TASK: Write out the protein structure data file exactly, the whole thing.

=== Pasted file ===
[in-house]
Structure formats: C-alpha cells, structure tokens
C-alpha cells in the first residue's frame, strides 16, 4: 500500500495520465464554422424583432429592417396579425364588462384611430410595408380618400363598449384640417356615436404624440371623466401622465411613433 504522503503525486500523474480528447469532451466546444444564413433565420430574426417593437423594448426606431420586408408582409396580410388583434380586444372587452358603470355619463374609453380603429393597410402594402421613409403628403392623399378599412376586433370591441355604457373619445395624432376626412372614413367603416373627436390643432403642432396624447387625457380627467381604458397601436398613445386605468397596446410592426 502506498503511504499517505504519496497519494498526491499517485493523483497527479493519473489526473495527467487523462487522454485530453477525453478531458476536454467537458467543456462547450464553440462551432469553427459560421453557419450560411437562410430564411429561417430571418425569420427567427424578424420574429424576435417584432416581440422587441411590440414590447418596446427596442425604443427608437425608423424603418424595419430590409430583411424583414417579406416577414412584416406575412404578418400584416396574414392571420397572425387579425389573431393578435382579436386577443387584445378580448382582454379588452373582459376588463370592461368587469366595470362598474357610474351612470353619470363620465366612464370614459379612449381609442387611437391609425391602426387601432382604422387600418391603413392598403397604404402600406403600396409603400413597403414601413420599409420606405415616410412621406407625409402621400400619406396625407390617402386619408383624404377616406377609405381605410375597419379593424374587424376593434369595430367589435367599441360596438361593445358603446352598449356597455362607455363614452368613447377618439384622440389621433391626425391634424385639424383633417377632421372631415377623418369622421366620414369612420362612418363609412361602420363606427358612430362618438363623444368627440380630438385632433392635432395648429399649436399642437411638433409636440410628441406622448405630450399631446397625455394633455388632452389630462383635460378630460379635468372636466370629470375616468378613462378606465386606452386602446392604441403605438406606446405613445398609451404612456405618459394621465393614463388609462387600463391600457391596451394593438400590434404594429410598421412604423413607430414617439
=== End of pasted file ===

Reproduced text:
[in-house]
Structure formats: C-alpha cells, structure tokens
C-alpha cells in the first residue's frame, strides 16, 4: 500500500495520465464554422424583432429592417396579425364588462384611430410595408380618400363598449384640417356615436404624440371623466401622465411613433 504522503503525486500523474480528447469532451466546444444564413433565420430574426417593437423594448426606431420586408408582409396580410388583434380586444372587452358603470355619463374609453380603429393597410402594402421613409403628403392623399378599412376586433370591441355604457373619445395624432376626412372614413367603416373627436390643432403642432396624447387625457380627467381604458397601436398613445386605468397596446410592426 502506498503511504499517505504519496497519494498526491499517485493523483497527479493519473489526473495527467487523462487522454485530453477525453478531458476536454467537458467543456462547450464553440462551432469553427459560421453557419450560411437562410430564411429561417430571418425569420427567427424578424420574429424576435417584432416581440422587441411590440414590447418596446427596442425604443427608437425608423424603418424595419430590409430583411424583414417579406416577414412584416406575412404578418400584416396574414392571420397572425387579425389573431393578435382579436386577443387584445378580448382582454379588452373582459376588463370592461368587469366595470362598474357610474351612470353619470363620465366612464370614459379612449381609442387611437391609425391602426387601432382604422387600418391603413392598403397604404402600406403600396409603400413597403414601413420599409420606405415616410412621406407625409402621400400619406396625407390617402386619408383624404377616406377609405381605410375597419379593424374587424376593434369595430367589435367599441360596438361593445358603446352598449356597455362607455363614452368613447377618439384622440389621433391626425391634424385639424383633417377632421372631415377623418369622421366620414369612420362612418363609412361602420363606427358612430362618438363623444368627440380630438385632433392635432395648429399649436399642437411638433409636440410628441406622448405630450399631446397625455394633455388632452389630462383635460378630460379635468372636466370629470375616468378613462378606465386606452386602446392604441403605438406606446405613445398609451404612456405618459394621465393614463388609462387600463391600457391596451394593438400590434404594429410598421412604423413607430414617439